The vulnerability already has been added to commercially available attack toolkits, such as BlackHole and Nuclear Pack.
A new report highlights just how little is known about zero-day attacks, even after the flaws are made public.
The most critical flaw could lead to the installation of the backdoor trojan Poison Ivy on victims' machines.
Researchers have discovered that a majority of the infected machines enlisted in a botnet capable of stealing up to $100,000 per day are based in the United States.
Security firm Security Explorations discovered the new vulnerability, which, when combined with other still-unpatched weaknesses in Java, could allow for a complete bypass of the Java Virtual Machine sandbox in the environment of the latest Java SE software.
Hours after the company that maintains Java released a much-anticipated patch for a widespread malware attack, Polish firm Security Explorations said it discovered a new vulnerability in the software platform.
In light of the fast-spreading Java 7 exploit, Mozilla has become the first browser maker to suggest users disable Java functionality.
A new Java exploit is expected to become more widespread now that proof-of-concept code has been published. Oracle isn't scheduled to update Java until October.
Google is raising the stakes for researchers who can show exploits and discover vulnerabilities in its Chrome browser.
The commercially available and automated BlackHole exploit kit has been updated to include exploit functionality for a recently patched Java vulnerability, and attacks are now happening in the wild.
Thirteen security vulnerabilities were fixed this week when Mozilla released Firefox 13.
Adobe on Friday issued an emergency patch for a critical bug in its Flash Player software that is being used in targeted malware attacks.
One of the most prolific Chrome researchers has netted Google's top prize in its inaugural Pwnium competition. Google promptly patched the bug.
The malicious file spreads thanks to a vulnerability in the popular Adobe Flash software.
Google has issued an official update to its Chrome browser to fill 20 security holes, one of which is deemed "critical" and eight of which are considered "high" in severity.
Eighty-five percent of all malware is web-based, and some 30,000 websites are newly infected with malicious code each day, according to Sophos' "Security Threat Report 2012."
Adobe warned Tuesday of an unpatched vulnerability in its Reader and Acrobat software after catching wind of active exploits by cybercriminals.
A new exploit, which has made its way into the Metasploit framework, underscores the danger posed by Java vulnerabilities, which are responsible for many of today's enterprise malware threats.
Most spam messages sent in recent days have been delivered with subject lines containing fake order or ticket numbers, delivery invoices, payment notices or tax information, according to researchers from security firm Websense.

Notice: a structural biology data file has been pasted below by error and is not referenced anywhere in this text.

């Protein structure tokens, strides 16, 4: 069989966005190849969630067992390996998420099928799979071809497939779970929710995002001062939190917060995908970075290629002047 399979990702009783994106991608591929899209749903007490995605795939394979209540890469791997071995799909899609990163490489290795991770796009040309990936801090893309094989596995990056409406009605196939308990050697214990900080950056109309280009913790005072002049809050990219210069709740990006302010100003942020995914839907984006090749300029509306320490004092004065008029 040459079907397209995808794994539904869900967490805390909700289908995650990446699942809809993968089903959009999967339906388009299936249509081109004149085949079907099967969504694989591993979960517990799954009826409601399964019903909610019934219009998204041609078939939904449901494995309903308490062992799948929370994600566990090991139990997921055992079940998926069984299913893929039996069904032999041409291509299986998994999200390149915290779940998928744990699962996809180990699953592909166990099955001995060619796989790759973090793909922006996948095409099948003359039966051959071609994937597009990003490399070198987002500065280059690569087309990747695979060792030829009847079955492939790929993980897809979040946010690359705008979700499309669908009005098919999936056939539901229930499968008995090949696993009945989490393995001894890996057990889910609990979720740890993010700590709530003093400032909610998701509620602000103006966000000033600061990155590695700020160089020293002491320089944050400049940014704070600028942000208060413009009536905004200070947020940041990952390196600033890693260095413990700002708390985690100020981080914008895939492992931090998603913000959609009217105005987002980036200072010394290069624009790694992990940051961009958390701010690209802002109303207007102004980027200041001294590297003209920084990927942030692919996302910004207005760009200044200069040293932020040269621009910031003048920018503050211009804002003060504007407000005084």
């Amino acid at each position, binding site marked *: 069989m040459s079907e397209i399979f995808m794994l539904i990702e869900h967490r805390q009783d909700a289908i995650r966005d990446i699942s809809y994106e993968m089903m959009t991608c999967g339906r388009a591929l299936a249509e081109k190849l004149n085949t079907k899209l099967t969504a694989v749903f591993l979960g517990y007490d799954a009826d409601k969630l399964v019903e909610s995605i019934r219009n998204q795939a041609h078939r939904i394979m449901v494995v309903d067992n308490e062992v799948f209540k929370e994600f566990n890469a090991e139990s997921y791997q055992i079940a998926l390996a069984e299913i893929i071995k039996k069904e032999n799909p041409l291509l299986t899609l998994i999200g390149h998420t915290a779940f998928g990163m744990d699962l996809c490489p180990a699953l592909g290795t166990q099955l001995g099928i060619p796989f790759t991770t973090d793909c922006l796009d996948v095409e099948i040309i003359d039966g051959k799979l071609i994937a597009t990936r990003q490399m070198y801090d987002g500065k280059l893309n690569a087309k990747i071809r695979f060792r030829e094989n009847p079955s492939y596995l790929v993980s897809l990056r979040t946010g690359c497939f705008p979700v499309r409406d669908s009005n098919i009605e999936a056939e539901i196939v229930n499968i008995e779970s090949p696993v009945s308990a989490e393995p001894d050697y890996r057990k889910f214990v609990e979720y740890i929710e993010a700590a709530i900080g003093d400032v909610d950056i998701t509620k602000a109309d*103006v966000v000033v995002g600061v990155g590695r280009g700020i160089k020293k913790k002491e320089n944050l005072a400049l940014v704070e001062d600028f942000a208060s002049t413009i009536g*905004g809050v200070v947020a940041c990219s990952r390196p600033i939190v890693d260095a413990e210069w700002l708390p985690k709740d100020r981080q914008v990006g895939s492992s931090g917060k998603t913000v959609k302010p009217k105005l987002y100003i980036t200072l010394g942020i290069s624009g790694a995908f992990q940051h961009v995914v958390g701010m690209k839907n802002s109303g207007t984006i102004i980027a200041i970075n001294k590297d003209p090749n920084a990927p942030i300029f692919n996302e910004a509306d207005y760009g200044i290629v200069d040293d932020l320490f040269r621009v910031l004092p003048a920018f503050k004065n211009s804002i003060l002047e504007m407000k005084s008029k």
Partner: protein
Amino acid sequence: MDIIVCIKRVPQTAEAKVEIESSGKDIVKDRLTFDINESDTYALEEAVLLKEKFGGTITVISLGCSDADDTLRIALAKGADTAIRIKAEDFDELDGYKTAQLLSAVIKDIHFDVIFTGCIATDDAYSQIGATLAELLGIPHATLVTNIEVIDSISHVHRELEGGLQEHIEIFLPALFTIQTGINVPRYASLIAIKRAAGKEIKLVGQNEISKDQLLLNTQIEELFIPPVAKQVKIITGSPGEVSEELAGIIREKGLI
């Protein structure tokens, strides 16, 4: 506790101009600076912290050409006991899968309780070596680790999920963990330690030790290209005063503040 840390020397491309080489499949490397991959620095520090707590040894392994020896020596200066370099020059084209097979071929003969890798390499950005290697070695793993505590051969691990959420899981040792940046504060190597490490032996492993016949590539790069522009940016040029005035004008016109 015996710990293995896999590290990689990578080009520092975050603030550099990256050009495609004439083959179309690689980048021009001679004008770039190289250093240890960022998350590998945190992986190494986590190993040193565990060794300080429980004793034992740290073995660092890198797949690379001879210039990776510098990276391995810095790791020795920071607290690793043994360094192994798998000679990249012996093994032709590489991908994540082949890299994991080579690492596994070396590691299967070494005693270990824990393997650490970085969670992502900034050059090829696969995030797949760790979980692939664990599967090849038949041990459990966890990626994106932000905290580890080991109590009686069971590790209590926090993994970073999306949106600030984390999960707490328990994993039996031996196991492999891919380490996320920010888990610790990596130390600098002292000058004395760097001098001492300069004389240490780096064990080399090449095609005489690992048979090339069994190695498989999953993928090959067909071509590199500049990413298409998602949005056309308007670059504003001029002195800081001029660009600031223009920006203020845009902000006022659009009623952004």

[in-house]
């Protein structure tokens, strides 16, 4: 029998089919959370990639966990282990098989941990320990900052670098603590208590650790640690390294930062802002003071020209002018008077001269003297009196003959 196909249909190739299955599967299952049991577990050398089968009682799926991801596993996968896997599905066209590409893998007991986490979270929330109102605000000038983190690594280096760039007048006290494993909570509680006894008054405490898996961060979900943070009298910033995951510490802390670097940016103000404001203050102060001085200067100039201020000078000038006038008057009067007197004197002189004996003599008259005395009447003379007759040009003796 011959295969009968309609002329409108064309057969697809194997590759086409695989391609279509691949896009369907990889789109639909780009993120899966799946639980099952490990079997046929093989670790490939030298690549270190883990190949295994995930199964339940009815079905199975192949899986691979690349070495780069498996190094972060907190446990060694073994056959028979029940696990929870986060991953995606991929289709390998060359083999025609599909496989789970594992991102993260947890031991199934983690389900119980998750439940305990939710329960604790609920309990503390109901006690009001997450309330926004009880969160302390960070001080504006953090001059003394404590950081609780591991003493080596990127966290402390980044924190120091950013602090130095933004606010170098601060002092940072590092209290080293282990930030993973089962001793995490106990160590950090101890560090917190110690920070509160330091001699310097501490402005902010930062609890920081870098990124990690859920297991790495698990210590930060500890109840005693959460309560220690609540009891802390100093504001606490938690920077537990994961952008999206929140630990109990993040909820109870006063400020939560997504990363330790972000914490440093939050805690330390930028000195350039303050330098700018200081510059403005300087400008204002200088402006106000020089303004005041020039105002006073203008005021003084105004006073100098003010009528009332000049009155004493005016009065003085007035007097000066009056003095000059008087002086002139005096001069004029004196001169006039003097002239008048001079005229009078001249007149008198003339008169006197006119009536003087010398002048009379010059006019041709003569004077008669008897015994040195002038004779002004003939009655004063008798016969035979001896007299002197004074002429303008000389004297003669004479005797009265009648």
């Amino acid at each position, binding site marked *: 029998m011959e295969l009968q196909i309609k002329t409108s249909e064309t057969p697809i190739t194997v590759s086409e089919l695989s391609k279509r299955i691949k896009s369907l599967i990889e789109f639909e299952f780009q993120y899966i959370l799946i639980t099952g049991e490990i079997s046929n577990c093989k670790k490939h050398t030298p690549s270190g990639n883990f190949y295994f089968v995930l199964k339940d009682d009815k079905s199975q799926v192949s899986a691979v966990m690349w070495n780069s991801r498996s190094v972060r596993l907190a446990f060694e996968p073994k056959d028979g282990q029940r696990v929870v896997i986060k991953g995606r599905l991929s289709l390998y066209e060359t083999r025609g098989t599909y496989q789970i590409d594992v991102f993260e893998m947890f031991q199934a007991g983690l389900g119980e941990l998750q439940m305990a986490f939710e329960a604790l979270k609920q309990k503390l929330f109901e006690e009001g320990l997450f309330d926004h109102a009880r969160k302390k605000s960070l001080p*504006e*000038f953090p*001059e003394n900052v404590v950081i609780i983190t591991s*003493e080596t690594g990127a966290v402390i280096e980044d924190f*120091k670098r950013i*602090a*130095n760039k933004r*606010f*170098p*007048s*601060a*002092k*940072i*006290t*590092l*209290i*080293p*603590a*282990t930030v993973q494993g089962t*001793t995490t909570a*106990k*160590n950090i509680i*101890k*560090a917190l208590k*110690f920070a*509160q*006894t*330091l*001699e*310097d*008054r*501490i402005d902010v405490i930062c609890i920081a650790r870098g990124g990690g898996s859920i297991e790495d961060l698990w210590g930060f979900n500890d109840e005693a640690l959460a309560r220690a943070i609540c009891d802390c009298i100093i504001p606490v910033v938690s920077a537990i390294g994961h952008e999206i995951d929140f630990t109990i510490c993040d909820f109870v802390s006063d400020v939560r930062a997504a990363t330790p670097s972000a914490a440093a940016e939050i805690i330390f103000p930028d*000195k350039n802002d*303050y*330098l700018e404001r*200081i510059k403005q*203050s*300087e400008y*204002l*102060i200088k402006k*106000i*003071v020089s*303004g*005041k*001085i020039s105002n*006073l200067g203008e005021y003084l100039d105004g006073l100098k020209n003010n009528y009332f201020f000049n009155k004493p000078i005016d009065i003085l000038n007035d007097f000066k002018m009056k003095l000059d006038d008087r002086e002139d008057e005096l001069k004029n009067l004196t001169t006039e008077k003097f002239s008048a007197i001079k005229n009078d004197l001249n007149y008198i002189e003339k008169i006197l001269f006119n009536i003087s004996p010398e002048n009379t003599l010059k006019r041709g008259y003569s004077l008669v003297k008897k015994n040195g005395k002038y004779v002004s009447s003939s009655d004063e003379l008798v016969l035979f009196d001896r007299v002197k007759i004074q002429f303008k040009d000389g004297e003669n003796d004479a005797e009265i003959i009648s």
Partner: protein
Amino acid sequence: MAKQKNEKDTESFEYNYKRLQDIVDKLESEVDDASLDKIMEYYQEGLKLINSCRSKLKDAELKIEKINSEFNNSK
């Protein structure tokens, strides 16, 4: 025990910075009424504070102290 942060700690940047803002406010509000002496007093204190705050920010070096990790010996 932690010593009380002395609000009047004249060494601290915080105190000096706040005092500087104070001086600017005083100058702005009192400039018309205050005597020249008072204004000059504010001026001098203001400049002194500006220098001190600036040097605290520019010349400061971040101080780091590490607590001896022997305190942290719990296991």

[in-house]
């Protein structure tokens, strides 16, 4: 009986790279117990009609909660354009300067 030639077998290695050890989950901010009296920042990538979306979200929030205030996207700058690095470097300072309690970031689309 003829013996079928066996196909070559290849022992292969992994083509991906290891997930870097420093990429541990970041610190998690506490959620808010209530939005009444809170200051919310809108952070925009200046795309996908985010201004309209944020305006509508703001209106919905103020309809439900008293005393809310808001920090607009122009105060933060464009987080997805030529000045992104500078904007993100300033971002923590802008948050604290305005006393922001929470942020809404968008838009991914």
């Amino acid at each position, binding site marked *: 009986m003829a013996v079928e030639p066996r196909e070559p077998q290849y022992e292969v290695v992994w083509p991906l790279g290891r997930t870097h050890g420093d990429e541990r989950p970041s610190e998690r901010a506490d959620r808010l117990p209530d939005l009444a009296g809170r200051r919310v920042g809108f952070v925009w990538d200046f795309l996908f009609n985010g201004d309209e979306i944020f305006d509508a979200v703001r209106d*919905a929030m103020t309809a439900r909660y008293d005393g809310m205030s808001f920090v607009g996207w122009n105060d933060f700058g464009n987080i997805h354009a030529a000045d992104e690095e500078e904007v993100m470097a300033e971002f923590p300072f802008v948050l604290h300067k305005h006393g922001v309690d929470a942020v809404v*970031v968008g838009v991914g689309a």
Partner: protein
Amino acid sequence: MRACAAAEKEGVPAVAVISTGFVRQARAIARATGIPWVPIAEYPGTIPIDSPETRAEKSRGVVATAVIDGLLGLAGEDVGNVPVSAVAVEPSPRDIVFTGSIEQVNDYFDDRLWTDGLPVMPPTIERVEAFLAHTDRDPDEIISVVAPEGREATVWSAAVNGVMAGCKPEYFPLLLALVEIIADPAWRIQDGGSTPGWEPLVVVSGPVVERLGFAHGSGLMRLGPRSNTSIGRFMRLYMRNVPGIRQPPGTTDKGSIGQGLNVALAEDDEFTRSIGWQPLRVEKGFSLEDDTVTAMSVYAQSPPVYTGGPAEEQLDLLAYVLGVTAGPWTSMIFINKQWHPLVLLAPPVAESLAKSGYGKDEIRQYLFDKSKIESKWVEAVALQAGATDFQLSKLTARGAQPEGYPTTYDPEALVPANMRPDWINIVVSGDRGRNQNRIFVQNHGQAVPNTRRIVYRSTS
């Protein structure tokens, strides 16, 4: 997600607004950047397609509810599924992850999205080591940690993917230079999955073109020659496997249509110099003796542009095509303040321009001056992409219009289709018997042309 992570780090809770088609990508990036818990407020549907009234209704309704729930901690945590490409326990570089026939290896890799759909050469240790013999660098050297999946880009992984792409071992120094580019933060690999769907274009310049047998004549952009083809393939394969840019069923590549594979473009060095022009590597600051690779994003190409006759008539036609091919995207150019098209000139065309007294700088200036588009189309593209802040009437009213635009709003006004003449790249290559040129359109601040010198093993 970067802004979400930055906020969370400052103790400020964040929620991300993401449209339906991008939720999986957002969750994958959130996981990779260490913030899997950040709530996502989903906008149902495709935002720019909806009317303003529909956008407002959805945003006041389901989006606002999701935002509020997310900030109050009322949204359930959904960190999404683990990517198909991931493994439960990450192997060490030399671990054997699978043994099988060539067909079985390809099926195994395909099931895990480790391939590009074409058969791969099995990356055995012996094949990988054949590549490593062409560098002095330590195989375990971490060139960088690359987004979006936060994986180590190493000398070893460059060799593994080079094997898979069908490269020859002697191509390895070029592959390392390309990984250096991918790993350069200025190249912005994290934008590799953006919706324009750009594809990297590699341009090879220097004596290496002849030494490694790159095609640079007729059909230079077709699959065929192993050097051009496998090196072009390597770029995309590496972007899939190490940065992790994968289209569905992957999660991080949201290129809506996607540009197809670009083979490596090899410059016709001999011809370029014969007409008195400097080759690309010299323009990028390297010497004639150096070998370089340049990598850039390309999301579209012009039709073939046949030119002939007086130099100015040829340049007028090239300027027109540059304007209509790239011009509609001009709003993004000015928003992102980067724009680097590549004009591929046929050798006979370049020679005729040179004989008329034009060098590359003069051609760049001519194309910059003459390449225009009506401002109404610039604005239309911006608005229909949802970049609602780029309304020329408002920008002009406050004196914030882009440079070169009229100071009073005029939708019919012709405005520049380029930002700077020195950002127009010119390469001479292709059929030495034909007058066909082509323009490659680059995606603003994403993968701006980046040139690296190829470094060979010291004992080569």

Microsoft on Tuesday patched one "critical" vulnerability, plus three other less-severe flaws. Not patched, as expected, is a bug related to the Duqu trojan.
Much of the surge can be blamed on SQL injection and the use of exploit toolkits, according to researchers at Dell SecureWorks.
A free copy of the BlackHole exploit kit is available on several file-sharing sites, lowering the cost of entry for budding cybercriminals, experts warned this week.
Software products used to manage critical infrastructure facilities contain a vulnerability that could allow an attacker to take control of affected systems, the ICS-CERT warned.
As if Zeus wasn't already a torment, the insidious banking trojan may become even more prolific now that its source code has been leaked on at least two underground forums, according to researchers at Denmark-based CSIS. Peter Kruse, writing on the company's blog, said the source code for the Zeus toolkit is "freely available for inspection, inspiration or perhaps to be compiled and used in future attacks." He expects the leakage to cause the trojan to become more pervasive. One likely can expect the price to fall too. McAfee researchers in September said the Zeus builder toolkit was going for between $700 and $1,500.
Adobe has sped up the planned release of updates to its Reader and Acrobat software, good news for customers now that reports of public exploits have emerged. The updates, released Thursday but not expected until next week, shore up two critical vulnerabilities, one of which has been leveraged in in-the-wild attacks, according to a revised bulletin. Reader X for Mac and Acrobat X for Windows and Mac received updates, as did Reader/Acrobat 9.4.3 for Windows and Mac. Reader X for Windows won't receive a new version until June 14, a scheduled quarterly update, because the "Protected Mode" capability prevents against exploit. The flaw being used in attacks also was present in Flash Player, but that software was patched last week.
System flaws and exploits dramatically jumped last year, but the news is not all bad, as many of the bugs were discovered by their creators.
Attack toolkits have been refined to the point where they are producing high success rates for their criminal users.
Google's latest version of Chrome warns users if they are attempting to run a plug-in that is out of date.
End-users may be the weakest link, but technology exists to take security out of their hands.
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